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Ryan Butts1,479 Points
What does craig mean when he says "string literals" or "boolean literals"? What does "literals" mean?
Just a bit confused by the term literals and how it relates to strings, booleans, and I guess the other data types as well? Thanks!
Jennifer NordellTreehouse Teacher
Hi there, Ryan Butts! A "literal" in computer science is a fixed value. For instance, the string
"hello world" is a string literal. The "opposite" of a literal (if you want to think of it that way), is a variable.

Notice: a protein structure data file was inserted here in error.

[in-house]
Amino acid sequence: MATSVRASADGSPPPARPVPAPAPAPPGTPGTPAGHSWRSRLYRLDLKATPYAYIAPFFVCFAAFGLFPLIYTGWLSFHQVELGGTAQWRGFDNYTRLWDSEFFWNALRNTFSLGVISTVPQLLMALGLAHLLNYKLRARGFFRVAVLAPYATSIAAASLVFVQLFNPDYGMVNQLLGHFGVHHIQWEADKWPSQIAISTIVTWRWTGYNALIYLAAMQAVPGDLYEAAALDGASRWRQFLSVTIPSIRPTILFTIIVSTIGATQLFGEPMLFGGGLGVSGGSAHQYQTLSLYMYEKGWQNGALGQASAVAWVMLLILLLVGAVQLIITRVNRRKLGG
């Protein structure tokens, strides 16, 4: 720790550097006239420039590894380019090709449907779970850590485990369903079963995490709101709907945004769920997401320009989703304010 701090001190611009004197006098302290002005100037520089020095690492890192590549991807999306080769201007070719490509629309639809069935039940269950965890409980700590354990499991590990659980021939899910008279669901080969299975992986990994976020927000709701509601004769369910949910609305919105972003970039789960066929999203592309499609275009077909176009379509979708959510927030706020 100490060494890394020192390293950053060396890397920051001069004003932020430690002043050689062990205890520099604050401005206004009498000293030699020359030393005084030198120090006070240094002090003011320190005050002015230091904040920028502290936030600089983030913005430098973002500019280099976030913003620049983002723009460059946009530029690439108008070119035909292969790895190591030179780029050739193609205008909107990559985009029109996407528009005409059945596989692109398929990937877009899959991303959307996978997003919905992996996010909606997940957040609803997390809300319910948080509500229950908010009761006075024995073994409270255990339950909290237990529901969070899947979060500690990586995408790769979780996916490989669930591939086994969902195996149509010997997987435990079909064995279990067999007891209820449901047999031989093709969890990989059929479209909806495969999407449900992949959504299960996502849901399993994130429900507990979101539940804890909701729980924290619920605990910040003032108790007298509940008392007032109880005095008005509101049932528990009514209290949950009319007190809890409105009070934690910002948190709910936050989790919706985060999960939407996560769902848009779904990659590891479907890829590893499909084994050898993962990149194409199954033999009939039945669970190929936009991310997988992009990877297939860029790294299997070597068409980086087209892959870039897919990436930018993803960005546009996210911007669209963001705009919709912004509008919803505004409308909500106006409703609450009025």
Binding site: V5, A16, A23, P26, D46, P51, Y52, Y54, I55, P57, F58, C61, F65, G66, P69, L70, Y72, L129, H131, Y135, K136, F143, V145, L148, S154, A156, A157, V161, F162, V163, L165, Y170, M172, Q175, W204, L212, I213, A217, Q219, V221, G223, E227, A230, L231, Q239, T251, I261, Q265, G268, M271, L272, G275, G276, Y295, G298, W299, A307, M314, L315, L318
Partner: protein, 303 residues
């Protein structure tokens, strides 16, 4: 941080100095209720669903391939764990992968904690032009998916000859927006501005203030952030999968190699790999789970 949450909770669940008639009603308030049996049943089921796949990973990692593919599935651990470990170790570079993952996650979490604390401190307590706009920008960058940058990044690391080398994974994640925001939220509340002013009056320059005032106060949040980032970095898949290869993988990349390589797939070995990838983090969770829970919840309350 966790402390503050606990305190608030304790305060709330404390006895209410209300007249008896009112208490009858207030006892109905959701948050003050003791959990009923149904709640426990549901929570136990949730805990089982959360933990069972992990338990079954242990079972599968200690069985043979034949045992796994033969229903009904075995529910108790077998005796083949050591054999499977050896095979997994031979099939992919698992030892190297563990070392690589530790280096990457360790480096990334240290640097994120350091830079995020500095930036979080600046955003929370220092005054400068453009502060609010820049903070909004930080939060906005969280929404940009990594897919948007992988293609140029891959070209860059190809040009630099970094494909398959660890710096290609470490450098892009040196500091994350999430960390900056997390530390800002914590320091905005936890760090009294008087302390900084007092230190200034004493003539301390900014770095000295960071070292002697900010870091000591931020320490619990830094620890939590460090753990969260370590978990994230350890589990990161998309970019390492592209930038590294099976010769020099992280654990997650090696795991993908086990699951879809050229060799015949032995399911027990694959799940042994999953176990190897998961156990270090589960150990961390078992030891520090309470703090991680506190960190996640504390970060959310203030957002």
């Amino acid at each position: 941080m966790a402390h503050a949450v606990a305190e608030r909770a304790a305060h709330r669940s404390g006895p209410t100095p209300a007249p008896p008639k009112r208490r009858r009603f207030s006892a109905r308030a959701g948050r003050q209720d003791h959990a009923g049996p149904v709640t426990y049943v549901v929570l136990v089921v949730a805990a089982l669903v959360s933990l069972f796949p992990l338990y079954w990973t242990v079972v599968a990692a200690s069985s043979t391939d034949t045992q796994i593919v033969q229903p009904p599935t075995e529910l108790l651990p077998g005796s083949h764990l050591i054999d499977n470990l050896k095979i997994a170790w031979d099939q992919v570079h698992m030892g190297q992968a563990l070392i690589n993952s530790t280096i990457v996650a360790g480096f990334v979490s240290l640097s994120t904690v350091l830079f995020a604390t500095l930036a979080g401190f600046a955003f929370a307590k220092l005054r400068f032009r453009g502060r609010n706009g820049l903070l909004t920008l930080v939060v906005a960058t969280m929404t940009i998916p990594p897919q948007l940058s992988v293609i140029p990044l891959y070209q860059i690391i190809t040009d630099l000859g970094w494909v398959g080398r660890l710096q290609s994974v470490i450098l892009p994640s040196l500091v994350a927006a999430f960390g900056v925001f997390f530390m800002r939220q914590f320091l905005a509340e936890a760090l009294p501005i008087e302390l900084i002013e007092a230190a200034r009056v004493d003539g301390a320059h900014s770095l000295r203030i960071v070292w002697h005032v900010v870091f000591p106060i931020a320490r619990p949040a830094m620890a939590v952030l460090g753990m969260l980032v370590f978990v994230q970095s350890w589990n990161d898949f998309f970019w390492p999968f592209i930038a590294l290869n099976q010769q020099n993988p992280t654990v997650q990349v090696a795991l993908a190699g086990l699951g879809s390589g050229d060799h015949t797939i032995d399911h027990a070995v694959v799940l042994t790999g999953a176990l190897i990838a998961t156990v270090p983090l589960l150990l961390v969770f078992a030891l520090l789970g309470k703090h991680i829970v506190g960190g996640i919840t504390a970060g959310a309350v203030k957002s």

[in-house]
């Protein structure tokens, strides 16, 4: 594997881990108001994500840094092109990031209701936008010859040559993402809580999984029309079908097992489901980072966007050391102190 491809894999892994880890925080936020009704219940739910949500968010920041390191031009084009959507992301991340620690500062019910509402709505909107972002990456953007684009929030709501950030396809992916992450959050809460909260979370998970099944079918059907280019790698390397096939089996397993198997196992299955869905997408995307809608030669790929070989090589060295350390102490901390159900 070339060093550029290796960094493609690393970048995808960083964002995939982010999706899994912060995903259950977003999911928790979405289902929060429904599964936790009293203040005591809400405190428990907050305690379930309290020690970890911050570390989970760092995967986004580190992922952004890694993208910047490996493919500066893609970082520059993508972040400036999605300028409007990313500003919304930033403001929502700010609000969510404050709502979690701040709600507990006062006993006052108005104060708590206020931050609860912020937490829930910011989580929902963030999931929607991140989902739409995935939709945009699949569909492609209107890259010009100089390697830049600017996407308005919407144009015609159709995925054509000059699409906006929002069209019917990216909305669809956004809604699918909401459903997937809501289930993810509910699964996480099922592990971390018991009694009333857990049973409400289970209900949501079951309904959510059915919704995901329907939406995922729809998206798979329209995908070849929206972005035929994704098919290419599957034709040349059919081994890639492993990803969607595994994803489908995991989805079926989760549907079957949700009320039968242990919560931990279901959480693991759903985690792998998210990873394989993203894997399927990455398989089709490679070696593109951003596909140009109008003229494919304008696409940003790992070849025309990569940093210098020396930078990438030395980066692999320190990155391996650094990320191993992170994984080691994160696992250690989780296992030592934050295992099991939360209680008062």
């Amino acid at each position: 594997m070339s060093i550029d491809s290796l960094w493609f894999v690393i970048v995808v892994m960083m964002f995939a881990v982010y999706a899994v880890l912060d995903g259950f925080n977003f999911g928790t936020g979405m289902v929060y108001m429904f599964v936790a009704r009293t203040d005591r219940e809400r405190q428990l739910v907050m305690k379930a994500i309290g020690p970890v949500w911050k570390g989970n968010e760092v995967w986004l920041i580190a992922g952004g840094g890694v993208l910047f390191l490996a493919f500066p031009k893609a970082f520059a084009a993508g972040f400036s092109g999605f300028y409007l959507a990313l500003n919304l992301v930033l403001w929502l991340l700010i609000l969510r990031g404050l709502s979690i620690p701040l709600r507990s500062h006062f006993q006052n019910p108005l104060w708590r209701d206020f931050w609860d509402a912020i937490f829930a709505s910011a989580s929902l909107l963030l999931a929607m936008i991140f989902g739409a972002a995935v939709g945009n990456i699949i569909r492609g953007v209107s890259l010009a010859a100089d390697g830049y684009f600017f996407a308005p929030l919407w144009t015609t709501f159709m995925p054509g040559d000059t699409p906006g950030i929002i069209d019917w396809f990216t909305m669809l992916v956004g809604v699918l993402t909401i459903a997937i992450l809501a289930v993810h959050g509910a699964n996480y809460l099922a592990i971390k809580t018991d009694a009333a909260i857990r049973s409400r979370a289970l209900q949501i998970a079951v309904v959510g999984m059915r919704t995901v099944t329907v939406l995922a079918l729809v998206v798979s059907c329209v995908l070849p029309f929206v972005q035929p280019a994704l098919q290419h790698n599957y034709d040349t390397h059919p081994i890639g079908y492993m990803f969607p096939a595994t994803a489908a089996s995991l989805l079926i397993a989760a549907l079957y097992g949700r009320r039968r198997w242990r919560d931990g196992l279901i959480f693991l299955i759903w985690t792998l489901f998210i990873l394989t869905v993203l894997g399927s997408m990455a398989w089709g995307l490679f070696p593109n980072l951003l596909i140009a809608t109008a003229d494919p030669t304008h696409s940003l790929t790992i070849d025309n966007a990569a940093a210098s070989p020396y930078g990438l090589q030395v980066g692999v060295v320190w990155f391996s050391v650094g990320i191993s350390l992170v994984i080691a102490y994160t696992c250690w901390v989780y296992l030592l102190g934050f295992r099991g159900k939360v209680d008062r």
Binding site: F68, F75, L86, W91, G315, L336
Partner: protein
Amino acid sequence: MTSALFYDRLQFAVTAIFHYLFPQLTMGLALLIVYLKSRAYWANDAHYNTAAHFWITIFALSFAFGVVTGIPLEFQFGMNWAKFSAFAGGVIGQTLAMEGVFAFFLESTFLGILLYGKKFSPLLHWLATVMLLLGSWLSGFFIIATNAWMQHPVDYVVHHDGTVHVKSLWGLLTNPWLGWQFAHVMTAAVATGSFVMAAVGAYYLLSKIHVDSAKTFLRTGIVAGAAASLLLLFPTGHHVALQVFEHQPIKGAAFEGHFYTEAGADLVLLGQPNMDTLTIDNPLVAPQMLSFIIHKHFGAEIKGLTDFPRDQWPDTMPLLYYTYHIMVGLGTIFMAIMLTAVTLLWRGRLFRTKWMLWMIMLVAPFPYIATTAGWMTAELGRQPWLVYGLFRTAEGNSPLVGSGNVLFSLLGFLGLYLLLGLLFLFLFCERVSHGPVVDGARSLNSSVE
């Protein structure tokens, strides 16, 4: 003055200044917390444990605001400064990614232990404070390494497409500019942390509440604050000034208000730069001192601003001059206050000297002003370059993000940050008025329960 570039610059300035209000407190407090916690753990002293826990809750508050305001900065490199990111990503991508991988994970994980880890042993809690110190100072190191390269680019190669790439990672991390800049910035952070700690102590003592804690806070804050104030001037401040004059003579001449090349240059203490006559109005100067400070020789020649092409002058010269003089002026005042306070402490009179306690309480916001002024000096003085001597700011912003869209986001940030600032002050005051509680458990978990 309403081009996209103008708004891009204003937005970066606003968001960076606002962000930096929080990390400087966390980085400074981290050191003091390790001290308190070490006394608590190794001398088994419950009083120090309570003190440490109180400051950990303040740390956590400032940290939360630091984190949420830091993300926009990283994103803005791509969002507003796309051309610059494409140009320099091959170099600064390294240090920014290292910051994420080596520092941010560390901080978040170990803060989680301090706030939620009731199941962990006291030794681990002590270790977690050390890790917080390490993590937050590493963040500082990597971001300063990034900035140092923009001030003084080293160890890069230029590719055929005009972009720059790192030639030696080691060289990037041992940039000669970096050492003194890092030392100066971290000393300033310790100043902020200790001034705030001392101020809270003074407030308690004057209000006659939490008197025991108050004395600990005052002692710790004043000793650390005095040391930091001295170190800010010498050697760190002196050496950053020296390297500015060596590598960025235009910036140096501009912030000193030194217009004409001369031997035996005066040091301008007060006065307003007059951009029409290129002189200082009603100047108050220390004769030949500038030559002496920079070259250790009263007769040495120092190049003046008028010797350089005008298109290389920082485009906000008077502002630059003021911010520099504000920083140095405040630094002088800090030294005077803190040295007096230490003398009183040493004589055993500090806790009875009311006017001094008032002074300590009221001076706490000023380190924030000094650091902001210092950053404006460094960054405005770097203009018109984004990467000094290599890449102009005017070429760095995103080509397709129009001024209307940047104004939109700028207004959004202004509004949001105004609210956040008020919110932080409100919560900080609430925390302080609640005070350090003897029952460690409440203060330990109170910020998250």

Take this example:
my_string = "Hello World" my_bool = True print("Hi, Ryan") # print a string literal print(my_string) # print a variable print(my_bool) # print a variable print(False) # print a boolean literal
my_string holds a string literal of "Hello World". And the variable
my_bool holds the boolean literal
True. Because variables are just that, they don't really have a type until they are defined. Thus, if I were to say I'm printing a boolean literal, I would mean that I'm either printing
False as opposed to a variable that holds that value.
Hope this helps!